On Tuesday, we made an epic trek to find the wreck of a lost plane.
First of all, I should tell you it was actually a gloriously sunny holiday. Six days of sun, sun and more sun.
Except – except!– on the very west coast of Vancouver Island in a little surfing town called Tofino. We had just finished lunch at Shelter (pinot gris and local shrimp sandwich, very nice) where we had to move from a sunny table to a shady table because we were too hot. Ten minutes down the road, we parked at Long Beach and found this . . .
But it was warm(ish) and children were building sand castles and people were surfing and it was a lovely walk along Long Beach before we got back in the car for the tortuous drive home.
Now, let me tell you what we were doing around Tofino.
It has always been family legend that my husband's grandfather Jack Campbell was lucky to make it through the Second World War – even though he never left Canada.
You see, he was one of seven crew members who were on a plane loaded with bombs, flying out of Tofino in 1945. Almost as soon as they lifted off, an engine gave out. The pilot quickly dropped the bombs over a bog and soon crashed into the side of a hill.
But – and this is the good part – everyone survived.
That was all we knew.
Then, a couple of years ago, we were out hiking with a new friend when he starting telling us about this great hike he'd gone on in Tofino, to this old plane from World War II that had crashed into the side of a hill. The hike was unauthorized, but there was a trail through a swamp and a bog and up to the old wreck.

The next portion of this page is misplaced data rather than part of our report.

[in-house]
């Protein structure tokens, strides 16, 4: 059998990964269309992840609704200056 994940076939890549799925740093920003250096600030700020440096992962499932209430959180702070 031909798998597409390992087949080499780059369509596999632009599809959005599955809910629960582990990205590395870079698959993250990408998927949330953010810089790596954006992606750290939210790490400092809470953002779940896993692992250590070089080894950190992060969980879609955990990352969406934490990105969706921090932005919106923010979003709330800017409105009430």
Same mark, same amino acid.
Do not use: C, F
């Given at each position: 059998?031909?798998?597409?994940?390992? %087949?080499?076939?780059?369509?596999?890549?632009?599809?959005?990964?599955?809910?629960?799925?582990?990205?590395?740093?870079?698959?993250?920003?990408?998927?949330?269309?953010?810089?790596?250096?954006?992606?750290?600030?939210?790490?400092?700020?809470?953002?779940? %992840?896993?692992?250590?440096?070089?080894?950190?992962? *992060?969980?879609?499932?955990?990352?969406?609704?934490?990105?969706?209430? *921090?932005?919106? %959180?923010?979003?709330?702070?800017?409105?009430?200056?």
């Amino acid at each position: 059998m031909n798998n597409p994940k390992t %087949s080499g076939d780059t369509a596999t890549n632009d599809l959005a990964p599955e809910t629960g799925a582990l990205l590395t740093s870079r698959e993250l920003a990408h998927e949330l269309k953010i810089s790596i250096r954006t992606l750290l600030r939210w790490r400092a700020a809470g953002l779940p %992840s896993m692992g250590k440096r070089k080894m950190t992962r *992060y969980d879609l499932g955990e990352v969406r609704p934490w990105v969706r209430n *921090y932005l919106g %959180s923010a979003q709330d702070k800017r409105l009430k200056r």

The light bulb went off pretty quick and Scott looked it up as soon as we got home. Sure enough, it was his grandfather's plane. It soon became our mission to take his parents to it.
This was a serious hike. Scott printed out instructions from various websites. I borrowed a GPS. His mother bought rubber boots.
We found the trail head along the road and headed in. The first part was an easy path through the bush. Then we got to this sign:
Yay! We were definitely going the right way.
We went through a creepy abandoned factory and out the other side. That's when the trail started getting iffy, as we scrambled down the side of a hill and learned how handy it is to hold on to trees.
In fact, that was nothing. The real fun was getting through the swamp. The mud would suddenly be up to our knees, so we followed a rope and skirted tree roots to stay above it (somewhat successfully).
Someone fell three times and another person fell once. I'm not naming names.
Once we were finally out of the swamp – which did bring back memories of the fire swamp in the Princess Bride (only without the fire) – we came out on a flatland of bog that looked like a veritable bonsai forest.
Just another kilometre or so across the bog . . . and we were there.
Sure enough, the plane was pushed into the hillside and we could hardly believe that everyone had survived.
It took our breath away.
Sixty-seven years later, the aluminum frame had hardly rusted, although there were tatters of some lighter metal fluttering off the wings.
I am not telling you how many times we fell on the trail heading home, but I will say I'm glad I borrowed these gaiters (not to mention they make me look like a very serious hiker in this glamour shot).
And getting back to the theme of this website – that would be food – we definitely worked up a good appetite for dinner here, which included a Dungeness crab and lemon risotto that I definitely earned.
You see, a girl can wear gaiters, be spattered in mud and still enjoy fine dining. It's all about balance.